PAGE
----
A bond may be sold at face value (called par) or at a premium or discount. For example, when prevailing interest rates are lower than the bond's stated rate, the selling price of the bond rises above its face value. It is sold at a premium. Conversely, when prevailing interest rates are higher than the bond's stated rate, the selling price of the bond is discounted below face value. When bonds are purchased, they may be held to maturity or traded.
Treasury bonds, bills and notes. The bonds the U.S. Treasury issues are sold to pay for an array of government activities and are backed by the full faith and credit of the federal government. Treasury bonds are securities with terms of more than 10 years. Interest is paid semiannually. The U.S. government also issues securities known as Treasury bills and notes. Treasury bills are short-term securities with maturities of three months, six months or one year. They are sold at a discount from their face value, and the difference between the cost and what you are paid at maturity is the interest you earn. Treasury notes are interest-bearing securities with maturities ranging from two to 10 years. Interest payments are made every six months. Inflation-indexed securities offer investors a chance to buy a security that keeps pace with inflation. Interest is paid on the inflation-adjusted principal.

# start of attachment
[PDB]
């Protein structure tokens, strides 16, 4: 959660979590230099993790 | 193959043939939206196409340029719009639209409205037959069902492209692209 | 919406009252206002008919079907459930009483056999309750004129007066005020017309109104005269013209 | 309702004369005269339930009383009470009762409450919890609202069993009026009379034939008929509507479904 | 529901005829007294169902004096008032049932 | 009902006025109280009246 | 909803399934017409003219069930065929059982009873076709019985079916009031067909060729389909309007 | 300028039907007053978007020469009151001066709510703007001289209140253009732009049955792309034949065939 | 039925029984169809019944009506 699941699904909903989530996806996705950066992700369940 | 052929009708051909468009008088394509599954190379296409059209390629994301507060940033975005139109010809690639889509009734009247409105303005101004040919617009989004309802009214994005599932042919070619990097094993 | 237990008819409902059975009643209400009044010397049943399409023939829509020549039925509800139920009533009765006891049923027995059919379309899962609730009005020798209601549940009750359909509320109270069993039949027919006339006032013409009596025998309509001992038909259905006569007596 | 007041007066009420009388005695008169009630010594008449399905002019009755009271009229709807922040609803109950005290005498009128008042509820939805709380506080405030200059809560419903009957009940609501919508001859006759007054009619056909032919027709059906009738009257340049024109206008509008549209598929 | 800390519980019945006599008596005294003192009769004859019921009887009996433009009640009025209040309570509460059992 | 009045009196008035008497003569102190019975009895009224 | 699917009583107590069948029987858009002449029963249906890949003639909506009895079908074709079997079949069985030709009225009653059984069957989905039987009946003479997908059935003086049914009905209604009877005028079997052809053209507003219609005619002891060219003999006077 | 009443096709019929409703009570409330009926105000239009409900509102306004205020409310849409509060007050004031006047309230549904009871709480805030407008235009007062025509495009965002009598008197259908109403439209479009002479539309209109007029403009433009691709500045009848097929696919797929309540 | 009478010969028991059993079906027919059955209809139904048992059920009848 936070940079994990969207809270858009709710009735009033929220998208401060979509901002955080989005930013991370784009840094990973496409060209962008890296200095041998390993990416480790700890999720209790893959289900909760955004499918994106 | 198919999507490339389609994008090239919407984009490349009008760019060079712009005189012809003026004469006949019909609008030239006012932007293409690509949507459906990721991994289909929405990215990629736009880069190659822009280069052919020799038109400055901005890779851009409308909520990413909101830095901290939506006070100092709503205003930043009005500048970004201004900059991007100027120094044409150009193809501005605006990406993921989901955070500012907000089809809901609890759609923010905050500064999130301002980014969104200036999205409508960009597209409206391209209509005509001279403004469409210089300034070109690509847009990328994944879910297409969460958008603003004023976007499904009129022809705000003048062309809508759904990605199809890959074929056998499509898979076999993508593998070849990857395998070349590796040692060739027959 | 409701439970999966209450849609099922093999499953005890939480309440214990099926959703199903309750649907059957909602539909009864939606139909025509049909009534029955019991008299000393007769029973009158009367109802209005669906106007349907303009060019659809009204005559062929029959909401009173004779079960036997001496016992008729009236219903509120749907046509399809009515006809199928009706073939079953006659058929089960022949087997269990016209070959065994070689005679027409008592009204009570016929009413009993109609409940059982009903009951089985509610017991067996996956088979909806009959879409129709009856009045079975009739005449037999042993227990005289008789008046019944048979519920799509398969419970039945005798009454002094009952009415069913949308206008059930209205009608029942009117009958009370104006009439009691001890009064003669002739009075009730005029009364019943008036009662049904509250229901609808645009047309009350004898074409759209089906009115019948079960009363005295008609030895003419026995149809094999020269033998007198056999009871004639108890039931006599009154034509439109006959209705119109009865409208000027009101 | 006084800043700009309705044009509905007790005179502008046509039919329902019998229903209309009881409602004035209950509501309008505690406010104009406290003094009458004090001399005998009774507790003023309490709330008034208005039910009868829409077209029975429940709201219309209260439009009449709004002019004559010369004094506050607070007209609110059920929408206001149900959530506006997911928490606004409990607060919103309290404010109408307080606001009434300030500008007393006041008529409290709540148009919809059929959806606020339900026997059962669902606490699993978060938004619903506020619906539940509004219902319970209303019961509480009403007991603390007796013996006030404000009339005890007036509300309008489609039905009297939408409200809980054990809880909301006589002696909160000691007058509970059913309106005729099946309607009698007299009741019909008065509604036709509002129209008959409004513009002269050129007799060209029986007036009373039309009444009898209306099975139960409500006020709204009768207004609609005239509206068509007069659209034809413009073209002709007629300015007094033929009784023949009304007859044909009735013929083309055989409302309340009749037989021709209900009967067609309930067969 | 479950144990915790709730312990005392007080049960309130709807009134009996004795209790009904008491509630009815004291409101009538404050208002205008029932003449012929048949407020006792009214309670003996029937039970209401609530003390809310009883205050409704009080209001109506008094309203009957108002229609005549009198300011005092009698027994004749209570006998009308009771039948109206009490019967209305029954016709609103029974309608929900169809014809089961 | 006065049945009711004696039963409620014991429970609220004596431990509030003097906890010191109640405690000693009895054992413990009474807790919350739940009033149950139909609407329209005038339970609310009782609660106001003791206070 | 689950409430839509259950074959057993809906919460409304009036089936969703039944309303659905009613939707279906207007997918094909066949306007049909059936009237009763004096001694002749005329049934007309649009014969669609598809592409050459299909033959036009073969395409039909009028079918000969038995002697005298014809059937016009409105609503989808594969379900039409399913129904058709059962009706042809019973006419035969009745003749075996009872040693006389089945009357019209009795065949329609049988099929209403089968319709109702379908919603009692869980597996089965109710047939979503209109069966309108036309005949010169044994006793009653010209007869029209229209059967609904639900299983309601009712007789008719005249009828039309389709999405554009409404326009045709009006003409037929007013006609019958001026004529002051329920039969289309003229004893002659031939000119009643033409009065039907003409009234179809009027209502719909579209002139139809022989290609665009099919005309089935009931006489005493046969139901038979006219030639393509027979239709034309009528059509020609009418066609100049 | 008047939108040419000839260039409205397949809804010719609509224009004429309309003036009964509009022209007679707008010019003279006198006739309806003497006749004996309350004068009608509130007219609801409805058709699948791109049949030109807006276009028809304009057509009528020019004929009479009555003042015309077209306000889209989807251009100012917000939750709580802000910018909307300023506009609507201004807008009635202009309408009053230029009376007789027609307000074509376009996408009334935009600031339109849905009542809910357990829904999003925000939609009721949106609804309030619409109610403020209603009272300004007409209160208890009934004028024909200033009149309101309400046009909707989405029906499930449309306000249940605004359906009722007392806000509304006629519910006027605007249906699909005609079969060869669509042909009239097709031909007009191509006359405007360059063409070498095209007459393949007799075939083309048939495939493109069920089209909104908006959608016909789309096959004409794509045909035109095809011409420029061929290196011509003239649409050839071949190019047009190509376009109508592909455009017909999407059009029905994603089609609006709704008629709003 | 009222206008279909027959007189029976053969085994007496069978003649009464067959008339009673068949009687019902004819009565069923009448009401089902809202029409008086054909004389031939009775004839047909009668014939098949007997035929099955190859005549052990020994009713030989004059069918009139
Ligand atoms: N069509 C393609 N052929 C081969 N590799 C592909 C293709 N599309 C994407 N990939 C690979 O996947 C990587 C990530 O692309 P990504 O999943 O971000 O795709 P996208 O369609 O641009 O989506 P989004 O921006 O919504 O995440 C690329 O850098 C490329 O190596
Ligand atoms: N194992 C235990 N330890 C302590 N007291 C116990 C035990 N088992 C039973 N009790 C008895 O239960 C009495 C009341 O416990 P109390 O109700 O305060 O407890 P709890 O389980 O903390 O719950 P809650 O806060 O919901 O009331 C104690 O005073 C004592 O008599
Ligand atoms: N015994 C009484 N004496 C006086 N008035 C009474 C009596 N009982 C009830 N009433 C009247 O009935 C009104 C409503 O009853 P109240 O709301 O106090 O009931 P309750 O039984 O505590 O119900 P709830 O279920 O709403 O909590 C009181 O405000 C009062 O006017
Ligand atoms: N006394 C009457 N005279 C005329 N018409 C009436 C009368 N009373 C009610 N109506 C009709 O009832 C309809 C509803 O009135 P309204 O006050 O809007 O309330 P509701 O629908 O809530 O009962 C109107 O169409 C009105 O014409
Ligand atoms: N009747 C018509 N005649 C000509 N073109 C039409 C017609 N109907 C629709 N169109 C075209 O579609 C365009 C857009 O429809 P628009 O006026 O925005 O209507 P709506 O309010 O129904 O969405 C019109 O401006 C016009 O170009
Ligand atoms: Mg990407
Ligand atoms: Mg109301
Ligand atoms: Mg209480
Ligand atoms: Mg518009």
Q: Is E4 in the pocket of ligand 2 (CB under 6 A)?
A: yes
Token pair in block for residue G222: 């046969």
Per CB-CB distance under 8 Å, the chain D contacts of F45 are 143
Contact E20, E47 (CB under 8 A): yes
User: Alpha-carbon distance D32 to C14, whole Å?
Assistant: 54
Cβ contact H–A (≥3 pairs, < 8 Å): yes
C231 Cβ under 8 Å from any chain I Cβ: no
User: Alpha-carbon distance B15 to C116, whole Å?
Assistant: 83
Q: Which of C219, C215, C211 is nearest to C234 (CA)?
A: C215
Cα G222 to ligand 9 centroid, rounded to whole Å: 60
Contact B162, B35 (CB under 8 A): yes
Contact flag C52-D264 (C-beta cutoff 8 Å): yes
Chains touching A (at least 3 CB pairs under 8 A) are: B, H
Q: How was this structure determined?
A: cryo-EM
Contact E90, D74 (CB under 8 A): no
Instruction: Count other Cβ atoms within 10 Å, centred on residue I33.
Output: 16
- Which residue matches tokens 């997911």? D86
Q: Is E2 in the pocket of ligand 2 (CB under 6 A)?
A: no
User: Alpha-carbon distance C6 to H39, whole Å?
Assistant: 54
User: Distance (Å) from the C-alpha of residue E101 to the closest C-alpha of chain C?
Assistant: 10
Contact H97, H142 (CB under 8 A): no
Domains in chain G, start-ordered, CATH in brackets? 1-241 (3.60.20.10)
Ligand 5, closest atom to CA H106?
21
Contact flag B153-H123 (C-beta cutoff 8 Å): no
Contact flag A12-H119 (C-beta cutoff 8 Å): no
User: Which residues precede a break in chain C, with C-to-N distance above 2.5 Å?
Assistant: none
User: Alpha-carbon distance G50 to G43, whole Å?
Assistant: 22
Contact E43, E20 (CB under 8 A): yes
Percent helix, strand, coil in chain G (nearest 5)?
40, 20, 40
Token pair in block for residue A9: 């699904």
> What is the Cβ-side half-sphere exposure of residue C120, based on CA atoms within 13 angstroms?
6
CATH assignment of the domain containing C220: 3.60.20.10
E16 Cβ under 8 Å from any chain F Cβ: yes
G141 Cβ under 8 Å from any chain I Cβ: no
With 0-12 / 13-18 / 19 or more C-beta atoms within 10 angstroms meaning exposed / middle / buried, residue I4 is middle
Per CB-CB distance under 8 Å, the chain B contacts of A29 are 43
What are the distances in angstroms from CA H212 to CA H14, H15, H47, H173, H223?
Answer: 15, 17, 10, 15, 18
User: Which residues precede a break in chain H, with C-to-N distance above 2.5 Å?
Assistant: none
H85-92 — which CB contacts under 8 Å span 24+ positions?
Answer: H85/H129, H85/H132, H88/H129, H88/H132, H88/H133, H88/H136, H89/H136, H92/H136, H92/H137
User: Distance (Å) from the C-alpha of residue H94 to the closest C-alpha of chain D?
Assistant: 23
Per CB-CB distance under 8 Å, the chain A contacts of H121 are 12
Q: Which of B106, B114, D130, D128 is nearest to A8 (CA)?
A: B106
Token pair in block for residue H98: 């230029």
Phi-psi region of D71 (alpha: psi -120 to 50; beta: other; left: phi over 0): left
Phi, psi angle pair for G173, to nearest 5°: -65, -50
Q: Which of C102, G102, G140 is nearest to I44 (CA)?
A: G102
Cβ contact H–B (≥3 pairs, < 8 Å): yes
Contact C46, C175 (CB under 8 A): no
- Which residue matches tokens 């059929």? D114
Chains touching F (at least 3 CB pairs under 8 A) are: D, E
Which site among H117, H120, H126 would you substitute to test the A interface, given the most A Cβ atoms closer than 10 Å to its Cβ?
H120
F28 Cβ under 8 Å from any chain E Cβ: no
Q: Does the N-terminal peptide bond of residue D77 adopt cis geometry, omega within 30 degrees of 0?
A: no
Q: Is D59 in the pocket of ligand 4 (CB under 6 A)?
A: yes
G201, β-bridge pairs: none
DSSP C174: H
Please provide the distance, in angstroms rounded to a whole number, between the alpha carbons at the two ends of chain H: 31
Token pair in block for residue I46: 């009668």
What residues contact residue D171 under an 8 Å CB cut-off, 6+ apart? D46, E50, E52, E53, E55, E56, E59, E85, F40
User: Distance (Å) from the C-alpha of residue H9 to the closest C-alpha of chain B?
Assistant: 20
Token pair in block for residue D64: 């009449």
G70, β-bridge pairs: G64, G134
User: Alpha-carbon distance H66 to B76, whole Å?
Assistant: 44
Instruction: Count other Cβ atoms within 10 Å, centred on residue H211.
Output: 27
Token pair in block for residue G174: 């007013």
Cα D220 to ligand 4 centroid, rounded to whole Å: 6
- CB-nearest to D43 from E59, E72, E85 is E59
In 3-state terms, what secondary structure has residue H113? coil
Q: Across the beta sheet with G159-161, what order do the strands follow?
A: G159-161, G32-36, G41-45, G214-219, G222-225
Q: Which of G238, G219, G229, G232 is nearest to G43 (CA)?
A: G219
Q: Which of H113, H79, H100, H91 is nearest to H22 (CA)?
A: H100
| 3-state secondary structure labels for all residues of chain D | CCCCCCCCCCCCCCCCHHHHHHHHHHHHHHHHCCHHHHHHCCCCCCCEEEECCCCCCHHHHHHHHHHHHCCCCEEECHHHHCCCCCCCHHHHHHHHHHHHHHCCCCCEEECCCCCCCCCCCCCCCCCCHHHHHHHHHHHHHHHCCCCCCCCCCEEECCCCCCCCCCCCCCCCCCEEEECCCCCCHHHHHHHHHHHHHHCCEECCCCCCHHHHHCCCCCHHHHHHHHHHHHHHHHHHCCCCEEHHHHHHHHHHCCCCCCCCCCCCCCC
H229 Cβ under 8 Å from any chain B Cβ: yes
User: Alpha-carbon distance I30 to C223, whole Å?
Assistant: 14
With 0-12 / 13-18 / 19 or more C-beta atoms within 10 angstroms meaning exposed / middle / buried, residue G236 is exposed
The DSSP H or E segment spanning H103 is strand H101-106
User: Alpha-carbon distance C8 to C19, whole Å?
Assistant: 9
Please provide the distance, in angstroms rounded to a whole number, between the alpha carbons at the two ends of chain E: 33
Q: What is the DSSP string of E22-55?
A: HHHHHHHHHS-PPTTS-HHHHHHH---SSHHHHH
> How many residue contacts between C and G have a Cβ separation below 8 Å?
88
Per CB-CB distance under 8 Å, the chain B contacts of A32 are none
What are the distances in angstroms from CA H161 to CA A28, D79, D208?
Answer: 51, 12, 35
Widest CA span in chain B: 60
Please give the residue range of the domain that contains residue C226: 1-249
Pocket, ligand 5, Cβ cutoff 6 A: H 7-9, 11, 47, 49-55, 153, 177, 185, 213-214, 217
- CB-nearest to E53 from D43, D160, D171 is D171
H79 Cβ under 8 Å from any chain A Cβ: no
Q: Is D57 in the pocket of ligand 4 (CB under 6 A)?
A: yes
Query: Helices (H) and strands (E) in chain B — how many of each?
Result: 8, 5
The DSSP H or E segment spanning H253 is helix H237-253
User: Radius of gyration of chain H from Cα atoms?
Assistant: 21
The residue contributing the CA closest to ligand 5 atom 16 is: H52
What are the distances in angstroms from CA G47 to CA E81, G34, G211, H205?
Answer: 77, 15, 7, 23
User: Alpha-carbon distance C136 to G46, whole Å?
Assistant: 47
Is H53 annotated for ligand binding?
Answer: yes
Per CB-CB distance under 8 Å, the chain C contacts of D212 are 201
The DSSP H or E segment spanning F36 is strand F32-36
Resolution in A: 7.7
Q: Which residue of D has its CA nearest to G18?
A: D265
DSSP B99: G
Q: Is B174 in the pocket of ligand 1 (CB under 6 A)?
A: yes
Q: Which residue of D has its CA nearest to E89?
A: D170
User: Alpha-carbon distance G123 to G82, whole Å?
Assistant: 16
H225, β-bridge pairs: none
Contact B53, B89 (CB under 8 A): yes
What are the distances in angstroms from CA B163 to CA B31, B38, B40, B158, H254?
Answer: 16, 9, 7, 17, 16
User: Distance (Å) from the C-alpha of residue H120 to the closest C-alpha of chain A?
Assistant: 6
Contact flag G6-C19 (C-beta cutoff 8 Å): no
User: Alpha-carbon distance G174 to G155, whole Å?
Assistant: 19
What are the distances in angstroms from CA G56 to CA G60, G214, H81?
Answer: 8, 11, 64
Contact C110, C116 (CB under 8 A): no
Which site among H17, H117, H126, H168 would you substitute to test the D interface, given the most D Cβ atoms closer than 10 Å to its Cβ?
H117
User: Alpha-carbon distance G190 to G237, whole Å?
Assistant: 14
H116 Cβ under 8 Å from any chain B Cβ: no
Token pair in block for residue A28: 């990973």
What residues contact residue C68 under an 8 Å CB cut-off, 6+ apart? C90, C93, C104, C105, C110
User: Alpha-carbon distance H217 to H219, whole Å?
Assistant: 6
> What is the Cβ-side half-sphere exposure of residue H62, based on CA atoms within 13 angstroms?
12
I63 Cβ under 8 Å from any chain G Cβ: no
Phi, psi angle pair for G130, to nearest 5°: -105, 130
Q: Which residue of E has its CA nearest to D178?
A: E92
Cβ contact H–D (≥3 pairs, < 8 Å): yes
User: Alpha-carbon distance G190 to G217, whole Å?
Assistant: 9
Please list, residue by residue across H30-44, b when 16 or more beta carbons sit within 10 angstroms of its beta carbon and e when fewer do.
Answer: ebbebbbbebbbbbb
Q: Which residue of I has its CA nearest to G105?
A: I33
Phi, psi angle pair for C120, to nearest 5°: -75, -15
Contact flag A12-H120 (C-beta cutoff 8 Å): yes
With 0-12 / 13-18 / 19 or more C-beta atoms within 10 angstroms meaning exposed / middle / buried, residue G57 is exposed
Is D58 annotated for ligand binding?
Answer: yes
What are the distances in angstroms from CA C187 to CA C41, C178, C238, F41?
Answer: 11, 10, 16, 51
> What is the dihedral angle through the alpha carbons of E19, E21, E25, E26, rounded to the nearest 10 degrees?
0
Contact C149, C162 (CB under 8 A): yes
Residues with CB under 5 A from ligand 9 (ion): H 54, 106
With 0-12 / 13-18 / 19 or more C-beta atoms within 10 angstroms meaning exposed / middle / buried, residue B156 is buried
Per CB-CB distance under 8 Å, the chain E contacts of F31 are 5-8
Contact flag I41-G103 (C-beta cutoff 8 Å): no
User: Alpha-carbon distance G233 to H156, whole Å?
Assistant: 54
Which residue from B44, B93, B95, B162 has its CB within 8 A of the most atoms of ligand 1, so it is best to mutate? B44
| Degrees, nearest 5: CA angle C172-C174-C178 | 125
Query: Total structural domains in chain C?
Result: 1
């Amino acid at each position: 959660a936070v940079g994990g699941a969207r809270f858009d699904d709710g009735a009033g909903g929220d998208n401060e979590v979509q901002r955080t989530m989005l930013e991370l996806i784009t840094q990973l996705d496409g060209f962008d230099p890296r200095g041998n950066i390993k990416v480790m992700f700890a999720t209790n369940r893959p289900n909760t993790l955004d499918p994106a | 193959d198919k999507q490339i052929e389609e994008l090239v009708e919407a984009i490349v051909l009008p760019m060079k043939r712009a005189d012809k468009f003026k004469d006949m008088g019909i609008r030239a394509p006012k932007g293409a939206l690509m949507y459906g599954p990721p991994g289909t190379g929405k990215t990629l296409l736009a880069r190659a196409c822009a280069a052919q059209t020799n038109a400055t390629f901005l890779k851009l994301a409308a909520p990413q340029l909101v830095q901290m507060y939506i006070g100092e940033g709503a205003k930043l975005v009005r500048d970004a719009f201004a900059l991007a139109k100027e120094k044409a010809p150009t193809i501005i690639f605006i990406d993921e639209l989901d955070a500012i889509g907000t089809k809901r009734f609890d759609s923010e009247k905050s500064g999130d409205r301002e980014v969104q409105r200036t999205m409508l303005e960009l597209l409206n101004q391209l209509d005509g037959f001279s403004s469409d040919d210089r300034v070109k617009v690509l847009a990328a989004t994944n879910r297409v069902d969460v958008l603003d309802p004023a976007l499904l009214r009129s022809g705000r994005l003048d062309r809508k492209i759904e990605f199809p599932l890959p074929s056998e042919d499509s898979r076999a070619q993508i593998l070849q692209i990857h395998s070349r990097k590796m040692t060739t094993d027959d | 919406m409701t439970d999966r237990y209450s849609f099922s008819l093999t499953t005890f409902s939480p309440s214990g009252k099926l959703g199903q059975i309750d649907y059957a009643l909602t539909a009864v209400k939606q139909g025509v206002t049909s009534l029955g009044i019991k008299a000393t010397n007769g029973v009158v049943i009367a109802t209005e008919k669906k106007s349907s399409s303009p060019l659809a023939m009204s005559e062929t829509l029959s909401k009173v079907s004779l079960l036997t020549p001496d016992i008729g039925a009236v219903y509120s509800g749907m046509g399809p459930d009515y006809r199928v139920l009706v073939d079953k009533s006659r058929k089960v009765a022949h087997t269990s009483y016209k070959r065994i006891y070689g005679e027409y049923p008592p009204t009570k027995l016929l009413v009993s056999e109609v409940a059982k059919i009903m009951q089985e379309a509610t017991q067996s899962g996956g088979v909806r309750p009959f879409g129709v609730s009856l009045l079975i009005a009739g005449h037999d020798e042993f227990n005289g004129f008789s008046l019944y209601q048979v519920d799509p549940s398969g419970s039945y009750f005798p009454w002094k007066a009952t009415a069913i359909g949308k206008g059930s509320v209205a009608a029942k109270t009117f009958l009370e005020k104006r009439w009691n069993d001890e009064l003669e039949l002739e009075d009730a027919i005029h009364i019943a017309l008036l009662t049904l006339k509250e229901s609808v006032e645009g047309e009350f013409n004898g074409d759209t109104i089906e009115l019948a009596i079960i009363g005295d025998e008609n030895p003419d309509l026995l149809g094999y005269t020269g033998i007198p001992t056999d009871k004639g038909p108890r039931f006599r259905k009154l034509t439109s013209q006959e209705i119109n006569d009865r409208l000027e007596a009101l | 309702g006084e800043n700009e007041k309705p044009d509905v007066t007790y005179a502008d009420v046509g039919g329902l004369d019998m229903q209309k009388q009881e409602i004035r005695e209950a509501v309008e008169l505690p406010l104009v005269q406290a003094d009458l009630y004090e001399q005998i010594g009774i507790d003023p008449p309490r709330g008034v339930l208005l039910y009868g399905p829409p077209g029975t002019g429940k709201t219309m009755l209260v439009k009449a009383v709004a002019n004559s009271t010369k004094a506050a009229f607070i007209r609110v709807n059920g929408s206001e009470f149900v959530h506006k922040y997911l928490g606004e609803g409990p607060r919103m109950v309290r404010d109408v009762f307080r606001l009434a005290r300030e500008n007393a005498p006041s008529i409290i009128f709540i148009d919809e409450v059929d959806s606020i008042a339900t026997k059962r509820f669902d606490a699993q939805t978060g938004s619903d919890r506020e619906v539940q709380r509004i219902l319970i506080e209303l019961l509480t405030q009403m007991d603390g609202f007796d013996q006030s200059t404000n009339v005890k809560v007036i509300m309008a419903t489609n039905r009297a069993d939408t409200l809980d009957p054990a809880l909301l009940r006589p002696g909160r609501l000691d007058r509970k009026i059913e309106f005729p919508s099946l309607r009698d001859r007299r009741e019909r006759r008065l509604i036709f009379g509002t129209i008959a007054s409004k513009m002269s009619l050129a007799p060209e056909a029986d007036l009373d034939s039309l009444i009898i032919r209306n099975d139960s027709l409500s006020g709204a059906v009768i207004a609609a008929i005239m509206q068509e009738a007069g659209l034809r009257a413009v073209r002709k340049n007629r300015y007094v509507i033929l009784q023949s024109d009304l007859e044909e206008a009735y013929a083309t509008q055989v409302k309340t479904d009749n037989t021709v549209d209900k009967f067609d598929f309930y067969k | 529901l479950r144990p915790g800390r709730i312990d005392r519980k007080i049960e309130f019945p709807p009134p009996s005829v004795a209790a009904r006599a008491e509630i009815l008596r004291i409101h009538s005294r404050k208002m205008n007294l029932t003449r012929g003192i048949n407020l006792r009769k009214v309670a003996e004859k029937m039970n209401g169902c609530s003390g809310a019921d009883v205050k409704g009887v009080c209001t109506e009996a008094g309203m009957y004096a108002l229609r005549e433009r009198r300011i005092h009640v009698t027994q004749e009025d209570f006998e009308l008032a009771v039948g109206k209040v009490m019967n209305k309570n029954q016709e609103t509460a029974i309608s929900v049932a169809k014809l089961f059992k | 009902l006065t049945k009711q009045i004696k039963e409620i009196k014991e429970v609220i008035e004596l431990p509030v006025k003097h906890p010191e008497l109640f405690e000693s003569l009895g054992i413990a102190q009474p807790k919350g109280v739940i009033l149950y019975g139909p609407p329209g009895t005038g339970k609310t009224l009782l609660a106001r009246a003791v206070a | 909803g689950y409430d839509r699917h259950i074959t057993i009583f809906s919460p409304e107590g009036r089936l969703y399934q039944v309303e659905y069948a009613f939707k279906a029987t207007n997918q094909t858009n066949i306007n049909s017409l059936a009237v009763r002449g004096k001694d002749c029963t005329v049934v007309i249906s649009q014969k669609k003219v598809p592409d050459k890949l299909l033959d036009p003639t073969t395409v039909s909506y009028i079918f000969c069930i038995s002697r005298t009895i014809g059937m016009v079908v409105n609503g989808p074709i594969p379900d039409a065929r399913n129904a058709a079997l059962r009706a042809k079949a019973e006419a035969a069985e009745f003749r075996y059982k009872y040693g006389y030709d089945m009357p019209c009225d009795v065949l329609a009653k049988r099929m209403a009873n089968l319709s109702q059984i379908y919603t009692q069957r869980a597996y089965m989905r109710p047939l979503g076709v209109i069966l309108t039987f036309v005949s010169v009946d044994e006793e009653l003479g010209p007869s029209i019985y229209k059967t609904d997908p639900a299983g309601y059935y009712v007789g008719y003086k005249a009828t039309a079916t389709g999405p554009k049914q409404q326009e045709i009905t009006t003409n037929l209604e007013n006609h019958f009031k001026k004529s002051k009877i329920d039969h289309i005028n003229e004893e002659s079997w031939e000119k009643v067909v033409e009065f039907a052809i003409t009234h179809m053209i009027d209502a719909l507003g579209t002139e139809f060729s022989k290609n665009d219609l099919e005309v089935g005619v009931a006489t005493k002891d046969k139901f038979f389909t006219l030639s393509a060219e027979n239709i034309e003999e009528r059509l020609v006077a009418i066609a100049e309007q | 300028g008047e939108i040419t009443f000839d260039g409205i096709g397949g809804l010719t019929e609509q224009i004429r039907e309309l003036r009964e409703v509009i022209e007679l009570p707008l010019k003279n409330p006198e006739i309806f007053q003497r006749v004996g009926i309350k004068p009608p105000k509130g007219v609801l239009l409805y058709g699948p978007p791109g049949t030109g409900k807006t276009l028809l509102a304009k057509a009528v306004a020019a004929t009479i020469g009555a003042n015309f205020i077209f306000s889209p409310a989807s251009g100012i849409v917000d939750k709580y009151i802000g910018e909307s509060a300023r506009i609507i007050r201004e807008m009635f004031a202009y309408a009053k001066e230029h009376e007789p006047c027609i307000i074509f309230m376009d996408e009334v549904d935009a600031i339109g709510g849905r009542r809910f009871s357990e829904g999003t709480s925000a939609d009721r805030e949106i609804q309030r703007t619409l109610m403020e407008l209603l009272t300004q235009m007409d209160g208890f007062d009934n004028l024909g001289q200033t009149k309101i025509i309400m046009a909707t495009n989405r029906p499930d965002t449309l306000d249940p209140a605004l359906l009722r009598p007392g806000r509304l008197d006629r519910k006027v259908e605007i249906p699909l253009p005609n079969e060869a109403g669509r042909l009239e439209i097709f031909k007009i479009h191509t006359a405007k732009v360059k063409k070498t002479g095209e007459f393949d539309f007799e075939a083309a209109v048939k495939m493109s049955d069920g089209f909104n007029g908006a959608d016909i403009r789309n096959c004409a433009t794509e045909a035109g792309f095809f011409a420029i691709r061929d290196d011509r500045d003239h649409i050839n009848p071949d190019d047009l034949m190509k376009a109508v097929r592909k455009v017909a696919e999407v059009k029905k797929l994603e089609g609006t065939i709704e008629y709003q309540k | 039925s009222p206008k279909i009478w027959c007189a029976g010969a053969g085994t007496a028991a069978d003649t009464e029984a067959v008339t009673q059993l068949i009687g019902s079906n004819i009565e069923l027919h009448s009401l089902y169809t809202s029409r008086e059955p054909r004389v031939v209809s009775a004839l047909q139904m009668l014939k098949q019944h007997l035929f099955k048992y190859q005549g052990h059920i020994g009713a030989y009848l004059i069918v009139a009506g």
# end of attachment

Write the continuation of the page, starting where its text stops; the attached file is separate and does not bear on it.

Bonds, bills and notes are sold in increments of $1,000.
Savings bonds. U.S. savings bonds are government-issued and government-backed. There are different types of savings bonds, each with slightly different features and advantages. Series I bonds are indexed for inflation. The earnings rate on this type of bond combines a fixed rate of return with the annualized rate of inflation. Savings bonds can be purchased in denominations ranging from $50 to $10,000.